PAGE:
A classical problem presented within the field of distributed systems is the Byzantine Generals Problem. In it, we observe two allied armies positioned on either side of a valley. Within the valley is a fortified city. Each army has a general with one acting as commander. Both armies must attack at the same time or face defeat by the city’s defenders. In order to come to an agreement on when to attack, messengers must be sent through the valley, risking capture by the city’s patrols. Consider the diagram below illustrating this problem.
In the above scenario, Army A has sent a messenger to Army B with a message saying “Attack at 0700.” Army B receives this message and dispatches a messenger carrying an acknowledgement of the attack plans; however, our ill-fated messenger has been intercepted by the city’s defenders.
How do our armies come to an agreement on when to attack? Perhaps Army A sends 100 messengers and attacks regardless. Unfortunately, if all of the messengers are captured, this would result in a swift defeat because A would attack without B. What if, instead, A sends 100 messengers, waits for acknowledgements of those messages, and only attacks if it reaches a certain level of confidence, say receiving 75 or more confirmations? Yet again, this could very well end in defeat, this time with B attacking without A.
We also need to bear in mind that sending messages has a certain amount of overhead. We can’t, in good conscience, send a million messengers to their potential demise. Or maybe we can, but it’s more than the number of soldiers in our army.
In fact, we can’t reliably make a decision. It’s provenly impossible. In the face of a Byzantine failure, it becomes even more complicated by the possibility of traitors or forged messages.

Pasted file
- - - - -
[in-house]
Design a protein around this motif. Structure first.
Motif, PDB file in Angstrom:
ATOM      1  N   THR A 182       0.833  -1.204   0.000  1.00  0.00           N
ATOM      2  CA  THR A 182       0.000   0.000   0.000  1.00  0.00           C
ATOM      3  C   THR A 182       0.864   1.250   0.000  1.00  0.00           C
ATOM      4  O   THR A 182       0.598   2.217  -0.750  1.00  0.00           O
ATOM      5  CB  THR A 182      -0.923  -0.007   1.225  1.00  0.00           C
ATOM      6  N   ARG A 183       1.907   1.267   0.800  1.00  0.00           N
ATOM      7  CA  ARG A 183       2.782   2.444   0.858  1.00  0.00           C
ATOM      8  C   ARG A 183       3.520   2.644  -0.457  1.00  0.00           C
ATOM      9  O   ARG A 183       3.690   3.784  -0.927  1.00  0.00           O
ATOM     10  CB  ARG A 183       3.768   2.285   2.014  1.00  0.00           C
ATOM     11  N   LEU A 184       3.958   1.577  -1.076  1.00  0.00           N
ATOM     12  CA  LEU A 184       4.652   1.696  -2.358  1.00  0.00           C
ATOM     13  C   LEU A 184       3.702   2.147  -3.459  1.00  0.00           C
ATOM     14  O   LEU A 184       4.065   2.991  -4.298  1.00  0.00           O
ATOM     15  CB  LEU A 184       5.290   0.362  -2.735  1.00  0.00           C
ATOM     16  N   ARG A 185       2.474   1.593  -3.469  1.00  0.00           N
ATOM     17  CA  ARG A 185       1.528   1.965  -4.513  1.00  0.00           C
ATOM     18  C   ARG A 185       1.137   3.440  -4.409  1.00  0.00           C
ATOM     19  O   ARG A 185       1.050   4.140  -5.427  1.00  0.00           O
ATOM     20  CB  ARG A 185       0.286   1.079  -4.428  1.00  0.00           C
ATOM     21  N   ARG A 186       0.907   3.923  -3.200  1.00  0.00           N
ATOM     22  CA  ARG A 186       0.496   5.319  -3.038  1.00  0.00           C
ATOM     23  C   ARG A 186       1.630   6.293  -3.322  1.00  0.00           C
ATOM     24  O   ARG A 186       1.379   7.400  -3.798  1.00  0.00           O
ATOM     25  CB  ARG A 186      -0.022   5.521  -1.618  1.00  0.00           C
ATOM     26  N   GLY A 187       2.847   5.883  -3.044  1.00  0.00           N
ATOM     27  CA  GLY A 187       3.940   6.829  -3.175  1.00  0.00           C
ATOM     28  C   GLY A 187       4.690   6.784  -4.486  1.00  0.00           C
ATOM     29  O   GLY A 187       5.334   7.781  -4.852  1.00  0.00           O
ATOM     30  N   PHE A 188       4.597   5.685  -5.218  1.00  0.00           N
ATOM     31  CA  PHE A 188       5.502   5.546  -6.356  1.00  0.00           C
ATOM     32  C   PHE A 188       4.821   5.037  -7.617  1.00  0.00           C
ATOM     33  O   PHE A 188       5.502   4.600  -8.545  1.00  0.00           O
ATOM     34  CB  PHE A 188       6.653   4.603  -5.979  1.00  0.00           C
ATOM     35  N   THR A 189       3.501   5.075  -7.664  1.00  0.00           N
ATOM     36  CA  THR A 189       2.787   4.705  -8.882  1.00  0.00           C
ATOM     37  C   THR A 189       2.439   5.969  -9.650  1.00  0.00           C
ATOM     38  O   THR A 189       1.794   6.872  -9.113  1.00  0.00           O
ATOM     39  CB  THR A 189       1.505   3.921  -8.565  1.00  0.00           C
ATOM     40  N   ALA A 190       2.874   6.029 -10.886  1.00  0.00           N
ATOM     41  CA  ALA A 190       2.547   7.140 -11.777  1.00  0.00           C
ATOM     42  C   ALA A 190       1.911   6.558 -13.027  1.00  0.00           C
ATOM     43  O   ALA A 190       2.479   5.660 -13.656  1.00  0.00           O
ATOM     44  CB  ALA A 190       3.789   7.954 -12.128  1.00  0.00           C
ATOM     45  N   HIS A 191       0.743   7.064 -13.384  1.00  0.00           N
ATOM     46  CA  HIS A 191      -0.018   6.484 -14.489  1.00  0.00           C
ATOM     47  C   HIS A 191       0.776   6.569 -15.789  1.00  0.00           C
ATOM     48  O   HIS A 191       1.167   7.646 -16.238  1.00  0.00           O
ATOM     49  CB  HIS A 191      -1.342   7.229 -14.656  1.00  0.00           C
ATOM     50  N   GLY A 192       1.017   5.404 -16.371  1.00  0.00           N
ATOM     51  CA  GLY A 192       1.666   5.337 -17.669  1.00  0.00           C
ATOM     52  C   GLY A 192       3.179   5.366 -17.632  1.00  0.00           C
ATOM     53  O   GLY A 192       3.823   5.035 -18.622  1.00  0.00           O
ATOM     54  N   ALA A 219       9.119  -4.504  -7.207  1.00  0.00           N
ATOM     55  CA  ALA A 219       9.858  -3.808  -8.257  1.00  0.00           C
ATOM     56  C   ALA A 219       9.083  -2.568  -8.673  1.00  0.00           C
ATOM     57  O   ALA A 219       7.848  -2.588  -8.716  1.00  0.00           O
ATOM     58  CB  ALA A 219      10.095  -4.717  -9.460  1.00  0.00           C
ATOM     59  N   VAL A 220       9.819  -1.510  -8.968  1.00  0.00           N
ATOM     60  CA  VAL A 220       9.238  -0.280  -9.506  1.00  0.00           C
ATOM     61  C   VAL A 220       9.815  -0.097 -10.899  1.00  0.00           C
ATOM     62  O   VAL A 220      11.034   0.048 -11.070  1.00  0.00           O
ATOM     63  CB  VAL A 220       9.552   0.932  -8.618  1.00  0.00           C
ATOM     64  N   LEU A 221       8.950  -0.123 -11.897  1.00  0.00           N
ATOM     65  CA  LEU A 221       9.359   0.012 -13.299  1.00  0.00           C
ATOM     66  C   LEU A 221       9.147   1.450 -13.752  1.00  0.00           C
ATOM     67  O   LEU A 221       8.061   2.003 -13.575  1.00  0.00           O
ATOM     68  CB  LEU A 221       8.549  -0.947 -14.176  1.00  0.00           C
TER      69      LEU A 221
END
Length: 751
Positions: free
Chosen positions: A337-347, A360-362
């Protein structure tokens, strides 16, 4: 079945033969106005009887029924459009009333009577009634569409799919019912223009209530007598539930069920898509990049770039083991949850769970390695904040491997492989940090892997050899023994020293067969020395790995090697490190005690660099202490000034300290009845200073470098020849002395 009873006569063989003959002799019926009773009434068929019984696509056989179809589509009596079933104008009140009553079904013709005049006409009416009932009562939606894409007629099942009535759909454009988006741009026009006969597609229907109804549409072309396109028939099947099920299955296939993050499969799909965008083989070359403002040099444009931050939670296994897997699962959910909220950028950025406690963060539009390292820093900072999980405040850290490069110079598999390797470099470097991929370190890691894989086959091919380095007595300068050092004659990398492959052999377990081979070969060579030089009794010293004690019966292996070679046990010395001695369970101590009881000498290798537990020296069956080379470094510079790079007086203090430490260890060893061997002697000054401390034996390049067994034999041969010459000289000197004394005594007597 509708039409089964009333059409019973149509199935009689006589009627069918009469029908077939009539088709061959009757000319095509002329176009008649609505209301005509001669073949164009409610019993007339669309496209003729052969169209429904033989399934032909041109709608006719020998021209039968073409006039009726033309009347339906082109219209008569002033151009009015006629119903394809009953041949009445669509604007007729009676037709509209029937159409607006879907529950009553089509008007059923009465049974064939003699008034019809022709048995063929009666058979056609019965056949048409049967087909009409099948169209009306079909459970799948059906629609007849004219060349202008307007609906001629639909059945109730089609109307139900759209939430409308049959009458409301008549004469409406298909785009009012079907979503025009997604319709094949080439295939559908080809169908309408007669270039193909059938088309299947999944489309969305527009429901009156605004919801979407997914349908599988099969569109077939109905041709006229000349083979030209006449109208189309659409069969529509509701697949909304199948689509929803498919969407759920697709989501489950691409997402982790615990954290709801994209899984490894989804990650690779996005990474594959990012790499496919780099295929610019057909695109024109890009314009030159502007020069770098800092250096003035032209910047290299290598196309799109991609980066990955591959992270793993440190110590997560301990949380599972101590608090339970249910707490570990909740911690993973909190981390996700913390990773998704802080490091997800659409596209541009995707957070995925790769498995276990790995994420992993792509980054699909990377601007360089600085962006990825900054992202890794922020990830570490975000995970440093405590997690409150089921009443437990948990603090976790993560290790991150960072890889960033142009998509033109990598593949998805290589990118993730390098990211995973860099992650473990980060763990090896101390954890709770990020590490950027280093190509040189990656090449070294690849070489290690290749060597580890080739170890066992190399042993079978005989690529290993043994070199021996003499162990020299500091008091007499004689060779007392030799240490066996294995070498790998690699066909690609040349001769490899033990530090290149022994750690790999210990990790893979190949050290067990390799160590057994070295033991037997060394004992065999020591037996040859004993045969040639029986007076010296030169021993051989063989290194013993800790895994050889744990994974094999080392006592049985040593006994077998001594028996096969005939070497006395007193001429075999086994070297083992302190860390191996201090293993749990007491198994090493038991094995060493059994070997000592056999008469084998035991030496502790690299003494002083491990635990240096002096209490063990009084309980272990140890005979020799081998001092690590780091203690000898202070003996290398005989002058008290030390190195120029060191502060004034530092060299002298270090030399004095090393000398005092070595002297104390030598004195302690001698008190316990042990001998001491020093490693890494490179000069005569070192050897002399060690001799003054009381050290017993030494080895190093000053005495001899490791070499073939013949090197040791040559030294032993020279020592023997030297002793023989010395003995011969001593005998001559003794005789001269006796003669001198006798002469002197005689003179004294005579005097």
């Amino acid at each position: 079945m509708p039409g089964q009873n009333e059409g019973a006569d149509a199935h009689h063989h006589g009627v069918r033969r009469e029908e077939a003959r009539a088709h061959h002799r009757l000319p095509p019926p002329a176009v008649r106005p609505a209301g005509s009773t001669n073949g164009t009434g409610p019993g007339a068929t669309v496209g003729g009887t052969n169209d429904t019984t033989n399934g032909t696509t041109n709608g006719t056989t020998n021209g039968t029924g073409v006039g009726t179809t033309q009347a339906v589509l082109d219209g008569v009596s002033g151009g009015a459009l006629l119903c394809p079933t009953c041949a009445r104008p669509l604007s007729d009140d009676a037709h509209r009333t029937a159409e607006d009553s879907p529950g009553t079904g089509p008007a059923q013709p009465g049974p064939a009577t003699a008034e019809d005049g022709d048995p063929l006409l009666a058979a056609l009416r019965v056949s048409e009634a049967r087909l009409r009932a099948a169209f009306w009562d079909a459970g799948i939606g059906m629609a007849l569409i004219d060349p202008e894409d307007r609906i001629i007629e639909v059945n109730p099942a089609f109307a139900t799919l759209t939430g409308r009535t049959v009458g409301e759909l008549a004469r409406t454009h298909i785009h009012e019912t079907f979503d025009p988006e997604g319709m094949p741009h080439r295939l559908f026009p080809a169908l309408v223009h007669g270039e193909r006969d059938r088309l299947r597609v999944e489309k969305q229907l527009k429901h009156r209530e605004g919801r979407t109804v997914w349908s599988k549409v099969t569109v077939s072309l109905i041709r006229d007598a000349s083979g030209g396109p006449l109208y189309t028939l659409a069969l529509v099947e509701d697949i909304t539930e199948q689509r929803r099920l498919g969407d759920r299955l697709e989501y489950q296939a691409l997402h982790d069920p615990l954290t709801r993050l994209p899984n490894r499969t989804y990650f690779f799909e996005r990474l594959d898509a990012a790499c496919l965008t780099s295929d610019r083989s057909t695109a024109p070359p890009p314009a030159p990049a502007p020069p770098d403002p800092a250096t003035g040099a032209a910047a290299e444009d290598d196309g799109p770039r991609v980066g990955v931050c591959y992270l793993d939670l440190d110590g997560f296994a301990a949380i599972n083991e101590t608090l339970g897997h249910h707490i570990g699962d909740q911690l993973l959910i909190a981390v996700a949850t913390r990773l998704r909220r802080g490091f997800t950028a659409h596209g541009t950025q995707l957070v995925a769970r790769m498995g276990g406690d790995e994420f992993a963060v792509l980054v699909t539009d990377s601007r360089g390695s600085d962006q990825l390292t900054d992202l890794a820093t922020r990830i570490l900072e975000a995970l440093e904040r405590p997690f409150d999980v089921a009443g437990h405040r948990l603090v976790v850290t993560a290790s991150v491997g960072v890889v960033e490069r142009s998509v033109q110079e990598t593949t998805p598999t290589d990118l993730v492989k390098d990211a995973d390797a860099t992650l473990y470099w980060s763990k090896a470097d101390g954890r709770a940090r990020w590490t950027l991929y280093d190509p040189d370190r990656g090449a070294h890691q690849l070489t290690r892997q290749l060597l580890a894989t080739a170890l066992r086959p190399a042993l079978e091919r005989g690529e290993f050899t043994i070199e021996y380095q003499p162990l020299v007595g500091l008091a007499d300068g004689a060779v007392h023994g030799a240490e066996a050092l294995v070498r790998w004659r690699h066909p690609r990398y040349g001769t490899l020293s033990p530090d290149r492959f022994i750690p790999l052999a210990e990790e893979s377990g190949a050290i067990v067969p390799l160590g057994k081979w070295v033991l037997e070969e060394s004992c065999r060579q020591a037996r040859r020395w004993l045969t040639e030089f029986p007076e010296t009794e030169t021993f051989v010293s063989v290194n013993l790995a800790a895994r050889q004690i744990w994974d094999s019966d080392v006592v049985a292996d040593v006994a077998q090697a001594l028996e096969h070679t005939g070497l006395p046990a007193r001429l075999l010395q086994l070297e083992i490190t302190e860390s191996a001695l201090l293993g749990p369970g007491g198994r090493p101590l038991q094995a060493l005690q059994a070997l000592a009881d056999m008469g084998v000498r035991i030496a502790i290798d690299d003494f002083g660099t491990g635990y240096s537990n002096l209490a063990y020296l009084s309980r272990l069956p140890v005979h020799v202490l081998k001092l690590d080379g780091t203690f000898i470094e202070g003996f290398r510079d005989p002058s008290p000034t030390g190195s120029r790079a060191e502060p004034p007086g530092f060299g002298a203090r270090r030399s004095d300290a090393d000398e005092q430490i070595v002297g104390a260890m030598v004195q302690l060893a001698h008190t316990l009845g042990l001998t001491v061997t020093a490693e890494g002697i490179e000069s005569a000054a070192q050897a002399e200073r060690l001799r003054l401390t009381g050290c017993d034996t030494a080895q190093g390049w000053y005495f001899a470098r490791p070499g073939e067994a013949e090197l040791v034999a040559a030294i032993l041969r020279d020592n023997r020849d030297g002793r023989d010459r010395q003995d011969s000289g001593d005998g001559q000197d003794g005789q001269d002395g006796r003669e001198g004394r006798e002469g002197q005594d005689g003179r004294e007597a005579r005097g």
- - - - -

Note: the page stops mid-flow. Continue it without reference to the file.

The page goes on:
Now replace two generals with N generals. Coming to a perfectly reliable agreement between two generals was already impossible but becomes dramatically more complicated. It’s a problem more commonly referred to as distributed consensus, and it’s the focus of an army of researchers.
The problem of consensus is blissfully simple, but the solution is far from trivial. Consensus is the basis of distributed coordination services, locking protocols, and databases. A monolithic system (think a MySQL server) can enforce ACID constraints with consistent reads but exhibits generally poor availability and fault tolerance. The original Google App Engine datastore relied on a master/slave architecture where a single data center held the primary copy of data which was replicated to backup sites asynchronously. This offered applications strong consistency and low latency with the implied trade-off of availability. The health of an application was directly tied to the health of a data center. Beyond transient losses, it also meant periods of planned unavailability and read-only access while Google performed data center maintenance. App Engine has since transitioned to a high-replication datastore which relies on distributed consensus to replicate data across sites. This allows the datastore to continue operating in the presence of failures and at greater availability. In agreement with CAP, this naturally means higher latency on writes.
There are a number of solutions to distributed consensus, but most of them tend to be pretty characteristic of each other. We will look at some of these solutions, including multi-phase commit and state-replication approaches.
Two-phase commit (2PC) is the simplest multi-phase commit protocol. In two-phase commit, all transactions go through a coordinator who is responsible for ensuring a transaction occurs across one or more remote sites (cohorts).